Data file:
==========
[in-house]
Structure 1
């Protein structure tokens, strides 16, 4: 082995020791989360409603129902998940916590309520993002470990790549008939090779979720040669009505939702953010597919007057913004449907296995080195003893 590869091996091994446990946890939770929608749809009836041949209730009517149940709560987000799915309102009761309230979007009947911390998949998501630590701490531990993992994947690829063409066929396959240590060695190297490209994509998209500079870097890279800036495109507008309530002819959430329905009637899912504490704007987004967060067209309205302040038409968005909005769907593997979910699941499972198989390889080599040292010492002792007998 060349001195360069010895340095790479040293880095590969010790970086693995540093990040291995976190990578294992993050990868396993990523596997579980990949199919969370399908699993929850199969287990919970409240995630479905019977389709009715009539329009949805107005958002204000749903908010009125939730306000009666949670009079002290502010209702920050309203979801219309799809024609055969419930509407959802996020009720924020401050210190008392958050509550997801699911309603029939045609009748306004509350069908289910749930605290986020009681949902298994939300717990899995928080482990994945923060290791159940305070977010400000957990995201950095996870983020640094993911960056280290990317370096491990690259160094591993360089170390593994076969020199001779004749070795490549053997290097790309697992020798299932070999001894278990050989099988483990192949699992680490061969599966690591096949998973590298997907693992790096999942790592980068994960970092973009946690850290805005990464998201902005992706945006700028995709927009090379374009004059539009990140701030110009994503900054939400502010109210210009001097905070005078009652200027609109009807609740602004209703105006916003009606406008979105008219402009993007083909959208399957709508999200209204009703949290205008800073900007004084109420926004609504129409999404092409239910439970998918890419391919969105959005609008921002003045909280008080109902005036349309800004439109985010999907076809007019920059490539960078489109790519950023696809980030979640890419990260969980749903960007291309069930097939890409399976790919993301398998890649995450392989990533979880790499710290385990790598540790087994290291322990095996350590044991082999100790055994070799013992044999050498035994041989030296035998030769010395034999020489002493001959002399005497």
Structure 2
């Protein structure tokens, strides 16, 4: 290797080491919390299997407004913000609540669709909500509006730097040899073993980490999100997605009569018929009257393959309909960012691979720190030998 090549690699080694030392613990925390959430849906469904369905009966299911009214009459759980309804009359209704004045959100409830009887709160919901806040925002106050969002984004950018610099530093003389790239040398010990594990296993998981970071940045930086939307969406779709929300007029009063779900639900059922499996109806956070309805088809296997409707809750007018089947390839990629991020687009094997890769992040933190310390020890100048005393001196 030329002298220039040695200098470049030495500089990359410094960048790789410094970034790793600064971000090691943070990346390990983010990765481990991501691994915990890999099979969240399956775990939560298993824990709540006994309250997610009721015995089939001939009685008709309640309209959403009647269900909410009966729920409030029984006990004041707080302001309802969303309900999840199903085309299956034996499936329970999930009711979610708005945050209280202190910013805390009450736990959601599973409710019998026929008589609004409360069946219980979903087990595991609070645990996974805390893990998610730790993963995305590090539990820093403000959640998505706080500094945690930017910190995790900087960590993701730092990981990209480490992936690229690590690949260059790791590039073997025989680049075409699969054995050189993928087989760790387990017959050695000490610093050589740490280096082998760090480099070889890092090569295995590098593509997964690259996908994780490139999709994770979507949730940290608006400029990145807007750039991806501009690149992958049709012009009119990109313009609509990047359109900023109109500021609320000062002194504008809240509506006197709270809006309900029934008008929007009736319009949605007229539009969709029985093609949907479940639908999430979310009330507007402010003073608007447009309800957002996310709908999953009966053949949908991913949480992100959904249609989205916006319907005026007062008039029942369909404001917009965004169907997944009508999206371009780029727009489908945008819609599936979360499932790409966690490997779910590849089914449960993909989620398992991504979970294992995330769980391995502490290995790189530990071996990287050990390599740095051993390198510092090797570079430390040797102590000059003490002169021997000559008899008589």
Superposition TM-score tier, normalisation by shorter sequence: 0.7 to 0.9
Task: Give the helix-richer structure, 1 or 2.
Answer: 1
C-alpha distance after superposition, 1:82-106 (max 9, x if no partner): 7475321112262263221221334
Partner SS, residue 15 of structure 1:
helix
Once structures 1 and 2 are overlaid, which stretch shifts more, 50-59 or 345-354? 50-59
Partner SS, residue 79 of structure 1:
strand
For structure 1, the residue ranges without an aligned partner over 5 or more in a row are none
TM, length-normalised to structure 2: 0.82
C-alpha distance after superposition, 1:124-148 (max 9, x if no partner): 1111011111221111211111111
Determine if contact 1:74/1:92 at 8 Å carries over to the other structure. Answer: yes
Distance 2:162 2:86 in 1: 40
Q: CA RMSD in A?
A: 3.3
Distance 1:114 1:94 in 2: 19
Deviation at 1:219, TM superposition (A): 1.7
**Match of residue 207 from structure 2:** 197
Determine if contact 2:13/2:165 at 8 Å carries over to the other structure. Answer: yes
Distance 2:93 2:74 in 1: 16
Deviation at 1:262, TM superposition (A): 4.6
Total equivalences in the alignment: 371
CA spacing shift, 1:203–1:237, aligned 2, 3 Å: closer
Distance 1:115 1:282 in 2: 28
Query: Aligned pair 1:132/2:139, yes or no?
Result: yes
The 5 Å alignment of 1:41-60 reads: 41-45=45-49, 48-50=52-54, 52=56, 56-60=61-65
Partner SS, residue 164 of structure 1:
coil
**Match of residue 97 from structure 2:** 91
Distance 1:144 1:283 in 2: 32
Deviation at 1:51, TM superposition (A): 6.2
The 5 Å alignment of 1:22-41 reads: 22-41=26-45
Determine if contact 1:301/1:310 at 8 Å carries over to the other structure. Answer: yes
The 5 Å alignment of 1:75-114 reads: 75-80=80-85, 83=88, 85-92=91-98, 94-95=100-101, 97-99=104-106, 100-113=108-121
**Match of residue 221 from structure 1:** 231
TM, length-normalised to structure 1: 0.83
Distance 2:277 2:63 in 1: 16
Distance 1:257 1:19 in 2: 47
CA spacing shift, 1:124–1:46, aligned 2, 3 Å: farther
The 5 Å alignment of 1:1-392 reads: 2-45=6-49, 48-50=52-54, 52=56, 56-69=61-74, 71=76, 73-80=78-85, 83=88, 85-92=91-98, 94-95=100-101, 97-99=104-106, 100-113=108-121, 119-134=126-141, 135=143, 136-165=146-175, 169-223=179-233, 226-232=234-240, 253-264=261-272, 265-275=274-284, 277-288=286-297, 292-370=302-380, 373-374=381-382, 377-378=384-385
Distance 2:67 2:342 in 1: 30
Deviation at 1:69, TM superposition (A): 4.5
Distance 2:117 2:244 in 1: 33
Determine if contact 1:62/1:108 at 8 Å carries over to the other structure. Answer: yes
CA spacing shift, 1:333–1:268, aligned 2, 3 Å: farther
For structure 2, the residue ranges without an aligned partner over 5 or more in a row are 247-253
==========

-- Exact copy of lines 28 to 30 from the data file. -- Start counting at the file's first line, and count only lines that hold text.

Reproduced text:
Total equivalences in the alignment: 371
CA spacing shift, 1:203–1:237, aligned 2, 3 Å: closer
Distance 1:115 1:282 in 2: 28